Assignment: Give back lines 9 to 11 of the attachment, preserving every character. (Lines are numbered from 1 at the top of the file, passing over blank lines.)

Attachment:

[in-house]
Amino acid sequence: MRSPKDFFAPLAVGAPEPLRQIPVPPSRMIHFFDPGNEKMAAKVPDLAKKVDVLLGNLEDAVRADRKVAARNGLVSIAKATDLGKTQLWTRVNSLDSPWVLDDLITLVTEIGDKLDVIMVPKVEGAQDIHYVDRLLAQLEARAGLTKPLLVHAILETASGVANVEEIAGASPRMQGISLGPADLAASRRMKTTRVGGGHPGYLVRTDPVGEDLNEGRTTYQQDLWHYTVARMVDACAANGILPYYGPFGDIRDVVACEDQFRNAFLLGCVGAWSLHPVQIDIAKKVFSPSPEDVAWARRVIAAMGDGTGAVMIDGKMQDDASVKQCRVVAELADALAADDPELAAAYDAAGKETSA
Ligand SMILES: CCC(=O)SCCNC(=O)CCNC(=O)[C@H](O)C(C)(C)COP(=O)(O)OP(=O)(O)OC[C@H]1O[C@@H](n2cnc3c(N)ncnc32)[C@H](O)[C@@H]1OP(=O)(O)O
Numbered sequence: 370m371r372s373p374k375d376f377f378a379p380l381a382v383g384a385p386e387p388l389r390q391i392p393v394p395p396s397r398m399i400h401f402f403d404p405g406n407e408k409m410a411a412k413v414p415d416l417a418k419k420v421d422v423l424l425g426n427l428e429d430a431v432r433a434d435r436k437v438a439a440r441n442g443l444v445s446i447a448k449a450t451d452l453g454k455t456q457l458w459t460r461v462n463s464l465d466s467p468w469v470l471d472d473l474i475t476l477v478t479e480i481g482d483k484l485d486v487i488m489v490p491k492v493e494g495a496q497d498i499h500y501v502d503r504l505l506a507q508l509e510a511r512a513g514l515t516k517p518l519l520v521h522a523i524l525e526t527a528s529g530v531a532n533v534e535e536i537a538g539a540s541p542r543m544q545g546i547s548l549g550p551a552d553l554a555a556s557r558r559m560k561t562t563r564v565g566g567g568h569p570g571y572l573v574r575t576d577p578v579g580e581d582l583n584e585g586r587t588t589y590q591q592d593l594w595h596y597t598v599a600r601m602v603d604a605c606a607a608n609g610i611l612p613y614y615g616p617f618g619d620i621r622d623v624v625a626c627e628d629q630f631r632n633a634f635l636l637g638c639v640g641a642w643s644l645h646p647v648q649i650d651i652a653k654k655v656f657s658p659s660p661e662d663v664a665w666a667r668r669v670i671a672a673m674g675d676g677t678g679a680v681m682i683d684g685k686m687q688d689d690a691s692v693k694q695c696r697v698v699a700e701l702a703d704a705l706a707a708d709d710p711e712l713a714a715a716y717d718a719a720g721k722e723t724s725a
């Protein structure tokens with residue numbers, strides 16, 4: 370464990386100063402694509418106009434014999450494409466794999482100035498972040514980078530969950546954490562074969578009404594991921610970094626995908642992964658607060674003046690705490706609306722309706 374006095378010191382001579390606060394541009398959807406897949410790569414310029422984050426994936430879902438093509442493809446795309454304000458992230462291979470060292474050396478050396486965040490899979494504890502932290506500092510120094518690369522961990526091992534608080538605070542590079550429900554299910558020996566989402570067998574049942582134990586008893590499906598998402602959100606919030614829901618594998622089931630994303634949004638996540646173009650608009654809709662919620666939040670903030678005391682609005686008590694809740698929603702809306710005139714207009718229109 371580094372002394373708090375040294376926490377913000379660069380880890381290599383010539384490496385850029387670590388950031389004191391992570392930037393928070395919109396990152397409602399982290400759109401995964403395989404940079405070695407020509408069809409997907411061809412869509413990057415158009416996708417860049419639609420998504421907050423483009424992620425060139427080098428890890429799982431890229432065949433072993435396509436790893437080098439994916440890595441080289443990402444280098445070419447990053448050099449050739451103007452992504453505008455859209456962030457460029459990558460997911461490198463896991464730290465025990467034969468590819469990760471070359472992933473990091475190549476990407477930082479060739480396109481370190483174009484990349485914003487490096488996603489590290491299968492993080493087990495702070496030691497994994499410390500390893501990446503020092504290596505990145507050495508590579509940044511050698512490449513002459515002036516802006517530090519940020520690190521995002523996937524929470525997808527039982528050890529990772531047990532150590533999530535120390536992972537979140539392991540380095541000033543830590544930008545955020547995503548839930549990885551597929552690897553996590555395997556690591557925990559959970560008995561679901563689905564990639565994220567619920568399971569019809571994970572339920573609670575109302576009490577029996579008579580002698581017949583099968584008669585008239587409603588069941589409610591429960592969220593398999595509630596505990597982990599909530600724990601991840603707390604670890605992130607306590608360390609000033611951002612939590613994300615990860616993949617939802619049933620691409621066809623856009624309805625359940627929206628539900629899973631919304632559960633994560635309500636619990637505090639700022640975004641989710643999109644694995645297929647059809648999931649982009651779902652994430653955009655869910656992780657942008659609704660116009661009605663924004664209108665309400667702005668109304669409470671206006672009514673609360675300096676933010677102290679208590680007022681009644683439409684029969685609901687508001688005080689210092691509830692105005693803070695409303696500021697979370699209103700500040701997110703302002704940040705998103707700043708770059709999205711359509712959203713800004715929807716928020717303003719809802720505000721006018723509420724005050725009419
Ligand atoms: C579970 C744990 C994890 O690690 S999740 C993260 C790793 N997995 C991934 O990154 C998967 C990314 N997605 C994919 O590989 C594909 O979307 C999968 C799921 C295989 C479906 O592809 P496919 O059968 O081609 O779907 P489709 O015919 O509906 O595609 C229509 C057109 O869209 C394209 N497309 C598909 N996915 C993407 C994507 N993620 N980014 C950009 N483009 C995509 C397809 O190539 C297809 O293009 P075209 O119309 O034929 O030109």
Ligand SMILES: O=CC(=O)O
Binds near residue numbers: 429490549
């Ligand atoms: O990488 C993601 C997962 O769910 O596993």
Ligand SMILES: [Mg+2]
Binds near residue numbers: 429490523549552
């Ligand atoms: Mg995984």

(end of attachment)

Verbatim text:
């Ligand atoms: O990488 C993601 C997962 O769910 O596993």
Ligand SMILES: [Mg+2]
Binds near residue numbers: 429490523549552